Guest columnist of this week is Richard Malmgren. He was born and raised on a horse farm in southern Sweden in the mid 70s. He trained for five years with Lars Anderson, head trainer at Flyinge State stud, before moving to the U.S.A. to work at Hilltop Farm in 1996. He first worked there as a trainee while graduating from Delaware University with a Bachelor in Business Administration. Hilltop Farm then appointed him head of Sales and Marketing. In the autumn of 2007 Richard joined Hassler Dressage in Chesapeake City. In 2011 he married U.S. Grand Prix rider Jessica Jo Tate. Richard trains young horses through the levels and has a passion for equestrian photography.
"Every Horse has Its Own Journey"
Every horse has a purpose and every horse has a journey! Some become therapeutic horses, some become trail horses, some brood mares and then some become Grand Prix horses.
There is no time table or definite path with horses. Should a young horse do the 5-year-old tests just because it’s 5 years old? No! There are a lot of factors as to why it is not the best idea to have the 5-year-old test as a goal. Maybe the horse was injured as a 4-year-old or maybe he is growing a lot as a coming 5-year-old and subsequently is very awkward in his body. Therefore, he is not ready to be trained to do the movements that are required for the 5-year-old test.
Every book written about dressage is written from the basis of having the perfect horse. They visualise an ideal grogression: from young horse classes for 4-6 year olds and the Developing PSG for 7-9 year olds through the Developing Grand Prox for 8-10 year olds. This path is entirely based on the perfect horse trained in perfect conditions with perfect health. We all know the perfect horse has not been born and never will be! So dressage books are tutorials or guidelines written about the training of the perfect horse which none of us has. We have to look at each and every individual horse, then come up with a program and a journey that fits that special, individual horse.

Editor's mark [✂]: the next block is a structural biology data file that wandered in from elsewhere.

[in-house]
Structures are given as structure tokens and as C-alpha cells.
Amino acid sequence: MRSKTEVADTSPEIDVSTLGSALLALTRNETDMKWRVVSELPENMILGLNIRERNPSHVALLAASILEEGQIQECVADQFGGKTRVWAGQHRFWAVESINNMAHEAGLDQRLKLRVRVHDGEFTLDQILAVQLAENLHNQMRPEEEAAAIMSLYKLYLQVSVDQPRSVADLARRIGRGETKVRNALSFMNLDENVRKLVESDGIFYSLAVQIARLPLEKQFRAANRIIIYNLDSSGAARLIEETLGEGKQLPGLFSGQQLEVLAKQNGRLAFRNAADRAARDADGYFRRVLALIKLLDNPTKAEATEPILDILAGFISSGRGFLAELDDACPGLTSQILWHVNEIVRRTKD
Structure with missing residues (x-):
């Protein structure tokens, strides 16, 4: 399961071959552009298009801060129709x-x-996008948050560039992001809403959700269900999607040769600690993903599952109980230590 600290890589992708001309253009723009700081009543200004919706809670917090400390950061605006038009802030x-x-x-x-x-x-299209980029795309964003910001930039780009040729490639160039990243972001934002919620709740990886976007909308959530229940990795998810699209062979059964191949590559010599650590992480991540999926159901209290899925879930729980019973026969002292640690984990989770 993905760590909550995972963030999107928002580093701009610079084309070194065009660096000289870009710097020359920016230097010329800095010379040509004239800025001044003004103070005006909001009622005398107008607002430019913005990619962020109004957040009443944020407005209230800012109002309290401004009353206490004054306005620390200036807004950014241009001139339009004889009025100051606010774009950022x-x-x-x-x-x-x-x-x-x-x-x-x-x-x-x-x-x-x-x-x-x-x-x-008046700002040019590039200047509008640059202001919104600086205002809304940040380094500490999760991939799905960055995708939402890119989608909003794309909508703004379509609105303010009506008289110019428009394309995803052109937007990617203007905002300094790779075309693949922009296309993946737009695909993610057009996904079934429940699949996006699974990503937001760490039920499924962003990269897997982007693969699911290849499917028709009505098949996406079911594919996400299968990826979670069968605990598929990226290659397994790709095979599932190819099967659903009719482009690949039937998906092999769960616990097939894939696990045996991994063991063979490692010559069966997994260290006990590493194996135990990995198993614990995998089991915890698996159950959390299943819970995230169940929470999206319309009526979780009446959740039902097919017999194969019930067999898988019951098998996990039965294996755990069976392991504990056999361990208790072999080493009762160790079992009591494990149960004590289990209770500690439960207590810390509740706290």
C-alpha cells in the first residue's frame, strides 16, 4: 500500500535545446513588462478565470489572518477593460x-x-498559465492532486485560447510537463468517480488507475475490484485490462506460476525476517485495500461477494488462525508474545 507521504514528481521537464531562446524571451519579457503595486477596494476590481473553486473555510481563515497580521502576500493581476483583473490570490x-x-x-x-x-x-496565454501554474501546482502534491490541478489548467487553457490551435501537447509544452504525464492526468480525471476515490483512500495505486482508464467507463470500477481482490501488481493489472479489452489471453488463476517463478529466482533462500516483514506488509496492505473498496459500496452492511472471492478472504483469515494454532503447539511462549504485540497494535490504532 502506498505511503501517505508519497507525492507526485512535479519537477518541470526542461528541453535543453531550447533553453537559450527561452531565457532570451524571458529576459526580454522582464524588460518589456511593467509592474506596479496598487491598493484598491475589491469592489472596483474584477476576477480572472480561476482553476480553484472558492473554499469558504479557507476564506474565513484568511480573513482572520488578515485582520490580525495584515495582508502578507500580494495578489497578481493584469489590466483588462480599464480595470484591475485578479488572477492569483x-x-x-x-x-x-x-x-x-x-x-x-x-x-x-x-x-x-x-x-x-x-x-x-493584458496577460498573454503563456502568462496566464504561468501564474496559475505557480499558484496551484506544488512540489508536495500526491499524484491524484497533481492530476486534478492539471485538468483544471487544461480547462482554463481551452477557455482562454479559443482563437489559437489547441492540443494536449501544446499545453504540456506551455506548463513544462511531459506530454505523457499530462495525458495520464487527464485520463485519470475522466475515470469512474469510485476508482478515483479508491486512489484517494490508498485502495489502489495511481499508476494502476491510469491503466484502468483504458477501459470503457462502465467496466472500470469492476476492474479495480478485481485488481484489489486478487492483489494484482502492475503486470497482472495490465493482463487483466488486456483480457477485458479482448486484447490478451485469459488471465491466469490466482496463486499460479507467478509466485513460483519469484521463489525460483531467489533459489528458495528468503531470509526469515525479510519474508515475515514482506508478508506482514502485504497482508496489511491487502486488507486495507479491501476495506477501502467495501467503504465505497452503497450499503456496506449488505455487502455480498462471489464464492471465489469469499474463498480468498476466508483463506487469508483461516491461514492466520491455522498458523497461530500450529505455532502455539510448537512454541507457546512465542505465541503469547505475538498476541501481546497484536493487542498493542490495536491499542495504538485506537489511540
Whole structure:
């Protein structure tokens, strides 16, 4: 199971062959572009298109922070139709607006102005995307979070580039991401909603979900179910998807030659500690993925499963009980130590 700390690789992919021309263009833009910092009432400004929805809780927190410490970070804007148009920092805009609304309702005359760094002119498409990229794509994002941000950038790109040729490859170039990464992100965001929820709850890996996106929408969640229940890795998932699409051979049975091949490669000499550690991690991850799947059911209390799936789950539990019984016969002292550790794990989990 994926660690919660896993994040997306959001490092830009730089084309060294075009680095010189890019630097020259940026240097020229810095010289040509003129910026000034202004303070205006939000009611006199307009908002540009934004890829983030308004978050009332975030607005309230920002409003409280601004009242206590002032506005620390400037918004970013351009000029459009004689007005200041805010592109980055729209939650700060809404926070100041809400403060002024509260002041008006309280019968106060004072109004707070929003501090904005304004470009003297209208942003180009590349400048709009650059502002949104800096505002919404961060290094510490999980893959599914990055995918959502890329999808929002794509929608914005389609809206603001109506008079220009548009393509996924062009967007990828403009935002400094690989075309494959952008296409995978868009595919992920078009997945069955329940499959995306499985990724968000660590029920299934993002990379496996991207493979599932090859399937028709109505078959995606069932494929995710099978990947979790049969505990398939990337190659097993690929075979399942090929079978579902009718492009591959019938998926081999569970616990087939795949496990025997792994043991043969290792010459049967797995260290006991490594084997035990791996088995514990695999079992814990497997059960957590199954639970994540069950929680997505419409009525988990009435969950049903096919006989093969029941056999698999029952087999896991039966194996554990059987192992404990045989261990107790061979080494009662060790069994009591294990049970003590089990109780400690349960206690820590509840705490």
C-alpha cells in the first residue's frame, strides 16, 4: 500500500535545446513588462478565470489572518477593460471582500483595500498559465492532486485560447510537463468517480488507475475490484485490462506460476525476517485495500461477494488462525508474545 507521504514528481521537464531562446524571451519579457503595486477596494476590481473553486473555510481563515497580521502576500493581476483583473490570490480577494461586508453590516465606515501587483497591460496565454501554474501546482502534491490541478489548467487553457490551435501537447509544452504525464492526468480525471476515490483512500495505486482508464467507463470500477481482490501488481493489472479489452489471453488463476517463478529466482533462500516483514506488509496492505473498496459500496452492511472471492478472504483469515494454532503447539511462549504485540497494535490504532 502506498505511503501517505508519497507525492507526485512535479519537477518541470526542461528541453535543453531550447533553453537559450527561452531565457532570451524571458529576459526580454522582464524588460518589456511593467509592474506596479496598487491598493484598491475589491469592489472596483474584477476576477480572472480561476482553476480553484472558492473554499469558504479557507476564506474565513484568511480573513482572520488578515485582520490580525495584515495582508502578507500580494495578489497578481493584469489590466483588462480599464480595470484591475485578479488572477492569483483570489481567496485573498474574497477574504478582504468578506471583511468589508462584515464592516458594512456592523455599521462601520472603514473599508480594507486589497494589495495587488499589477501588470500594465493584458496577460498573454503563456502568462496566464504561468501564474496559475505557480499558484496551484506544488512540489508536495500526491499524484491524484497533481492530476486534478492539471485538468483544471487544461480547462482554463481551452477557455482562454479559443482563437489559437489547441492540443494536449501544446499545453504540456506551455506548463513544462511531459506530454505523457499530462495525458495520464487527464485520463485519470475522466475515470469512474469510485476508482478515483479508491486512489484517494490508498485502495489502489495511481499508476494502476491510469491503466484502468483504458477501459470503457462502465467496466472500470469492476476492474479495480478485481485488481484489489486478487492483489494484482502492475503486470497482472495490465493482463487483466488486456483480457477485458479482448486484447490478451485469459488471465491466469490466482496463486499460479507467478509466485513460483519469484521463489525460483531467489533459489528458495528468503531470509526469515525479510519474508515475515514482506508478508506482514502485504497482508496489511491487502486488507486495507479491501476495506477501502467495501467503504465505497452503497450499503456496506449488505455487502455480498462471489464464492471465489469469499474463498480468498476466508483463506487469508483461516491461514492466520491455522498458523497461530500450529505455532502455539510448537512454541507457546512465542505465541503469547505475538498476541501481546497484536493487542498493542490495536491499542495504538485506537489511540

Many successful horses have come up through the young and developing horse program such as Damon Hill, Totilas, Briar, Desperados, etc. but many super stars have not gone through the young horse or developing horse program, such as Satchmo, Cosmo, Verdades, Valegro just to name a few. Each has done well at the end of its own individual path towards the top of Grand Prix.
Every horse has its own journey. The rider needs to either accept the horse the way he is and then work on his weaknesses to make them better by improving the weaknesses and and perfecting his strengths and turn them into highlights. The best way to become successful is to work with time on your side. If you start cutting corners than there will be holes and short comings in the training. That does not mean that we decide to only get ready to get ready, there has to be a set goals when working with horses. These goals must be realistic and they must be feasible. Sometimes, you have to think out side the box and maybe even decide to send the horse off to another trainer for a while to get an different opinion and see how they approach the hurdle that you are facing. We have to realize that we are not miracle workers/trainers, sometimes we will run into issues that just are not going in the right direction. There is no shame in admitting you face a problem and do not have the solution at hand. Remember there is nothing wrong with asking for help. In our sport, everyone needs to have colleagues with which we can bounce off ideas.